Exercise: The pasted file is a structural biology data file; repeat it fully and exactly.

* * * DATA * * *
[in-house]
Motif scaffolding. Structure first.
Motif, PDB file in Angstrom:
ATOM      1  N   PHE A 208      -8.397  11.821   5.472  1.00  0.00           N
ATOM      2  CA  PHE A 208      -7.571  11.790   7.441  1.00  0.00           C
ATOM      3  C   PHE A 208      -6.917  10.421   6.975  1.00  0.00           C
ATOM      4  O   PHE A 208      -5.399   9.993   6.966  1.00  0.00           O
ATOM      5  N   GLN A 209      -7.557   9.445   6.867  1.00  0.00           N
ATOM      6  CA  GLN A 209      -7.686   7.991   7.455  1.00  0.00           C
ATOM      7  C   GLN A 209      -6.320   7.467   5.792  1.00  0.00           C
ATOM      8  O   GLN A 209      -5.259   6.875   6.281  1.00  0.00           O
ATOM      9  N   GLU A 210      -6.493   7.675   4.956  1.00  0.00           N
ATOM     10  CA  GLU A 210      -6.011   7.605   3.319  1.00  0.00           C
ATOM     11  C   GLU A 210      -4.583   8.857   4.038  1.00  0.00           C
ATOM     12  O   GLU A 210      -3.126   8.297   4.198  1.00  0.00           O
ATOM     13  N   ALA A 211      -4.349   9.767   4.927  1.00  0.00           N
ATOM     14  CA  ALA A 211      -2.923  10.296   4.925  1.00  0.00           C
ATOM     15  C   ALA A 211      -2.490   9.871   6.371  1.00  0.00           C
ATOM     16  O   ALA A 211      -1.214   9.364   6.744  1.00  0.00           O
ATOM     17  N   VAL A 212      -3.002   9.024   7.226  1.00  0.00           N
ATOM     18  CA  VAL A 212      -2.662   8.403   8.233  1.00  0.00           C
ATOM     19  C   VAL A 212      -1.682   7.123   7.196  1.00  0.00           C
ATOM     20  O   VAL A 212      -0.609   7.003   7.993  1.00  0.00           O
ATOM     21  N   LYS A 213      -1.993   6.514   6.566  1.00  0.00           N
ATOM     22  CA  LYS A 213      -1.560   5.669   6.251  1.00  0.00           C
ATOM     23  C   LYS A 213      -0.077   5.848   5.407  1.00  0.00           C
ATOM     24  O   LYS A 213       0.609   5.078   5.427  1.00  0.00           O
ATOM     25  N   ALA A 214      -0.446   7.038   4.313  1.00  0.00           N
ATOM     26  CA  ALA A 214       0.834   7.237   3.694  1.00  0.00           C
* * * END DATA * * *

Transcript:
[in-house]
Motif scaffolding. Structure first.
Motif, PDB file in Angstrom:
ATOM      1  N   PHE A 208      -8.397  11.821   5.472  1.00  0.00           N
ATOM      2  CA  PHE A 208      -7.571  11.790   7.441  1.00  0.00           C
ATOM      3  C   PHE A 208      -6.917  10.421   6.975  1.00  0.00           C
ATOM      4  O   PHE A 208      -5.399   9.993   6.966  1.00  0.00           O
ATOM      5  N   GLN A 209      -7.557   9.445   6.867  1.00  0.00           N
ATOM      6  CA  GLN A 209      -7.686   7.991   7.455  1.00  0.00           C
ATOM      7  C   GLN A 209      -6.320   7.467   5.792  1.00  0.00           C
ATOM      8  O   GLN A 209      -5.259   6.875   6.281  1.00  0.00           O
ATOM      9  N   GLU A 210      -6.493   7.675   4.956  1.00  0.00           N
ATOM     10  CA  GLU A 210      -6.011   7.605   3.319  1.00  0.00           C
ATOM     11  C   GLU A 210      -4.583   8.857   4.038  1.00  0.00           C
ATOM     12  O   GLU A 210      -3.126   8.297   4.198  1.00  0.00           O
ATOM     13  N   ALA A 211      -4.349   9.767   4.927  1.00  0.00           N
ATOM     14  CA  ALA A 211      -2.923  10.296   4.925  1.00  0.00           C
ATOM     15  C   ALA A 211      -2.490   9.871   6.371  1.00  0.00           C
ATOM     16  O   ALA A 211      -1.214   9.364   6.744  1.00  0.00           O
ATOM     17  N   VAL A 212      -3.002   9.024   7.226  1.00  0.00           N
ATOM     18  CA  VAL A 212      -2.662   8.403   8.233  1.00  0.00           C
ATOM     19  C   VAL A 212      -1.682   7.123   7.196  1.00  0.00           C
ATOM     20  O   VAL A 212      -0.609   7.003   7.993  1.00  0.00           O
ATOM     21  N   LYS A 213      -1.993   6.514   6.566  1.00  0.00           N
ATOM     22  CA  LYS A 213      -1.560   5.669   6.251  1.00  0.00           C
ATOM     23  C   LYS A 213      -0.077   5.848   5.407  1.00  0.00           C
ATOM     24  O   LYS A 213       0.609   5.078   5.427  1.00  0.00           O
ATOM     25  N   ALA A 214      -0.446   7.038   4.313  1.00  0.00           N
ATOM     26  CA  ALA A 214       0.834   7.237   3.694  1.00  0.00           C